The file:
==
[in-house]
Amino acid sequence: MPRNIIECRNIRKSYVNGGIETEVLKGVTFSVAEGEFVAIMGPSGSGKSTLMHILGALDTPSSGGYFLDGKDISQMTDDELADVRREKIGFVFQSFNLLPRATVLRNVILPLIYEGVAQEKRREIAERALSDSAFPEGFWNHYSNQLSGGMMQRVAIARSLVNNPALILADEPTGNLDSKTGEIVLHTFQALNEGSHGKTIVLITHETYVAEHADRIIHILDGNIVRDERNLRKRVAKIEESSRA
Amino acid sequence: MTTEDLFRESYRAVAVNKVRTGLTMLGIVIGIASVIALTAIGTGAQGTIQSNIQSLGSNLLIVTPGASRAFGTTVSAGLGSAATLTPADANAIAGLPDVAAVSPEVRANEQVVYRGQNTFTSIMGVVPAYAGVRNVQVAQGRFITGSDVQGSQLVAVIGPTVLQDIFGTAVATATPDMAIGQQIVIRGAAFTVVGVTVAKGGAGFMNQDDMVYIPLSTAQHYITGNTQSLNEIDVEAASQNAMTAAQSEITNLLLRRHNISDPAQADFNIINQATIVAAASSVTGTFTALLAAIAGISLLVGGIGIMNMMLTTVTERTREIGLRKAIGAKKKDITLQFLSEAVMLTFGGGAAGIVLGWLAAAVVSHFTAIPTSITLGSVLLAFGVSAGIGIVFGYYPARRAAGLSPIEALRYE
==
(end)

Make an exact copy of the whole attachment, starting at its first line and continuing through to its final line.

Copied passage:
[in-house]
Amino acid sequence: MPRNIIECRNIRKSYVNGGIETEVLKGVTFSVAEGEFVAIMGPSGSGKSTLMHILGALDTPSSGGYFLDGKDISQMTDDELADVRREKIGFVFQSFNLLPRATVLRNVILPLIYEGVAQEKRREIAERALSDSAFPEGFWNHYSNQLSGGMMQRVAIARSLVNNPALILADEPTGNLDSKTGEIVLHTFQALNEGSHGKTIVLITHETYVAEHADRIIHILDGNIVRDERNLRKRVAKIEESSRA
Amino acid sequence: MTTEDLFRESYRAVAVNKVRTGLTMLGIVIGIASVIALTAIGTGAQGTIQSNIQSLGSNLLIVTPGASRAFGTTVSAGLGSAATLTPADANAIAGLPDVAAVSPEVRANEQVVYRGQNTFTSIMGVVPAYAGVRNVQVAQGRFITGSDVQGSQLVAVIGPTVLQDIFGTAVATATPDMAIGQQIVIRGAAFTVVGVTVAKGGAGFMNQDDMVYIPLSTAQHYITGNTQSLNEIDVEAASQNAMTAAQSEITNLLLRRHNISDPAQADFNIINQATIVAAASSVTGTFTALLAAIAGISLLVGGIGIMNMMLTTVTERTREIGLRKAIGAKKKDITLQFLSEAVMLTFGGGAAGIVLGWLAAAVVSHFTAIPTSITLGSVLLAFGVSAGIGIVFGYYPARRAAGLSPIEALRYE